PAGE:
Typhoid Fever: An Epidemic With Remarkably Few Clinical Signs and Symptoms

Stephen A. Klotz, James H. Jorgensen, Frederick J. Buckwold, Philip C. Craven

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39 Scopus citations


A major common-source, foodborne epidemic of typhoid fever occurred in San Antonio, Tex, in the fall of 1981, involving 80 verified cases. We summarize the clinical course of our 34 patients who had a nonspecific symptom complex that included at the initial examination fever (32 patients, 93%), headache (19 patients, 57%), diarrhea (11 patients, 33%), and anorexia (ten patients, 30%). The most common initial diagnoses were urinary tract and upper respiratory tract infections. The subsequent isolation of Salmonella typhi from blood cultures was usually unexpected. Physical findings were different from two previous series originating in the United States. Hepatomegaly was noted in only 7% (two patients), splenomegaly was noted in 13% (four patients), and rose spots were noted in 5% (two patients) of the patients. Liver function test results, however, were abnormal in 32 (95%) of the 34 patients (mean SGOT, 155 IU/mL). Typhoid fever, as seen in this outbreak, was notable for its nonspecific and mild manifestation and uniformly favorable outcome.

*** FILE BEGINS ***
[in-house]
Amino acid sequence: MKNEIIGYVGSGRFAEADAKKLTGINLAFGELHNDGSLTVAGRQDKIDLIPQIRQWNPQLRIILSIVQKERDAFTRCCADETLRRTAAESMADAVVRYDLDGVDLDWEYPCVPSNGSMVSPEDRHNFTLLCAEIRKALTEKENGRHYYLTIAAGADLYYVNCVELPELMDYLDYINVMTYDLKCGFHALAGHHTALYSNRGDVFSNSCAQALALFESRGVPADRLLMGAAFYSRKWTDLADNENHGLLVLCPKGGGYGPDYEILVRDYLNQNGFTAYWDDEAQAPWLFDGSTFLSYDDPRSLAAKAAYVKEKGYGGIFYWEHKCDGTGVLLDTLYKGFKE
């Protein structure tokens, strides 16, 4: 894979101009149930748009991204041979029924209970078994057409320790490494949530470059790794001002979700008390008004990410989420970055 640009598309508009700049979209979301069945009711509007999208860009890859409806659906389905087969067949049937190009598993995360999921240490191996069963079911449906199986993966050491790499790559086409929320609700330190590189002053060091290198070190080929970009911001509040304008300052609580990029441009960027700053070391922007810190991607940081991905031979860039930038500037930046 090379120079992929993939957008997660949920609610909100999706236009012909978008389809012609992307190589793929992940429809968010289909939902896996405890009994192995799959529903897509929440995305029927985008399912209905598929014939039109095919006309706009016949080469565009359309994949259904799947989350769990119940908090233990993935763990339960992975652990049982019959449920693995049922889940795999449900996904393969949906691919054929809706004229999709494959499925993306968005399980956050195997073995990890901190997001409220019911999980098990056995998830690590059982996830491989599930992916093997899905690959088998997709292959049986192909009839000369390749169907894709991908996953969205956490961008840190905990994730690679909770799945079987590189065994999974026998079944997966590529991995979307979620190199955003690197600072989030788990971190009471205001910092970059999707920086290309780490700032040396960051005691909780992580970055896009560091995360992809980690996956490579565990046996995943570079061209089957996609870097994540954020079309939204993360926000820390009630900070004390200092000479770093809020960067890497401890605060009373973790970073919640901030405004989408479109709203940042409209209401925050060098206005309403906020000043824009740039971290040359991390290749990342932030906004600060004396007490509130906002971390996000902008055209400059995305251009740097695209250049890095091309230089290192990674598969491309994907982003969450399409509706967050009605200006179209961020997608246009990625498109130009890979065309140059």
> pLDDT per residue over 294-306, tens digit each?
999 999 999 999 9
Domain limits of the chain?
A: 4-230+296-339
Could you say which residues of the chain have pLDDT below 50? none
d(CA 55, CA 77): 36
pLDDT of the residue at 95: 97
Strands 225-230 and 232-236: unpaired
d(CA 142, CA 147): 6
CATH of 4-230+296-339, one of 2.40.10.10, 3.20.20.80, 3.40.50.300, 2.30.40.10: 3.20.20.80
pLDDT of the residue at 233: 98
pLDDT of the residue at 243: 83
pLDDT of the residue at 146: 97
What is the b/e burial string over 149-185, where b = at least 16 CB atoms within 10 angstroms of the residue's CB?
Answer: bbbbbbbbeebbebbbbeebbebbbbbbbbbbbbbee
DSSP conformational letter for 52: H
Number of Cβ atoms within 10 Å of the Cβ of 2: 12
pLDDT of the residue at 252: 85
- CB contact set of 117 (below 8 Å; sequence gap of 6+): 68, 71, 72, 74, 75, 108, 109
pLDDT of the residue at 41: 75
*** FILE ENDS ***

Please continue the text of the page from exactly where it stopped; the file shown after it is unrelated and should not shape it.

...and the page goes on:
Original languageEnglish (US)
Pages (from-to)533-537
Number of pages5
JournalArchives of internal medicine
Issue number3
StatePublished - Mar 1984

ASJC Scopus subject areas

  • Internal Medicine


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